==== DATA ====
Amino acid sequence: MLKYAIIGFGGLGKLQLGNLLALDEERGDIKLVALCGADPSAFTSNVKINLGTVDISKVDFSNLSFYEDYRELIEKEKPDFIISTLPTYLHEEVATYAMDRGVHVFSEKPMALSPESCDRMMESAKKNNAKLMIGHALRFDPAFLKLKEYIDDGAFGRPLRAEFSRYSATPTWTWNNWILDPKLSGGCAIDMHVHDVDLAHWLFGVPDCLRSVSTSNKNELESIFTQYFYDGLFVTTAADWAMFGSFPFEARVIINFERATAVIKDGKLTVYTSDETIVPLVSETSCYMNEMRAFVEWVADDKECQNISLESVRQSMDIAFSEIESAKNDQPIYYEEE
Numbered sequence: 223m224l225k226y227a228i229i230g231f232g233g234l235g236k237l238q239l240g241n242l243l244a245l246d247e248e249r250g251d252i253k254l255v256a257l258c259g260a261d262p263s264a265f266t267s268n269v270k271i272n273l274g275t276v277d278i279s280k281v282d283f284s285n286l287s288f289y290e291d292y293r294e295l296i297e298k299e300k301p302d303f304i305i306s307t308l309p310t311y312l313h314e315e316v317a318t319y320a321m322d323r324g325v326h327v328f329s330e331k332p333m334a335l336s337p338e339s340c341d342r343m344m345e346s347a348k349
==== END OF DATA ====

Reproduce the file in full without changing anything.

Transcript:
Amino acid sequence: MLKYAIIGFGGLGKLQLGNLLALDEERGDIKLVALCGADPSAFTSNVKINLGTVDISKVDFSNLSFYEDYRELIEKEKPDFIISTLPTYLHEEVATYAMDRGVHVFSEKPMALSPESCDRMMESAKKNNAKLMIGHALRFDPAFLKLKEYIDDGAFGRPLRAEFSRYSATPTWTWNNWILDPKLSGGCAIDMHVHDVDLAHWLFGVPDCLRSVSTSNKNELESIFTQYFYDGLFVTTAADWAMFGSFPFEARVIINFERATAVIKDGKLTVYTSDETIVPLVSETSCYMNEMRAFVEWVADDKECQNISLESVRQSMDIAFSEIESAKNDQPIYYEEE
Numbered sequence: 223m224l225k226y227a228i229i230g231f232g233g234l235g236k237l238q239l240g241n242l243l244a245l246d247e248e249r250g251d252i253k254l255v256a257l258c259g260a261d262p263s264a265f266t267s268n269v270k271i272n273l274g275t276v277d278i279s280k281v282d283f284s285n286l287s288f289y290e291d292y293r294e295l296i297e298k299e300k301p302d303f304i305i306s307t308l309p310t311y312l313h314e315e316v317a318t319y320a321m322d323r324g325v326h327v328f329s330e331k332p333m334a335l336s337p338e339s340c341d342r343m344m345e346s347a348k349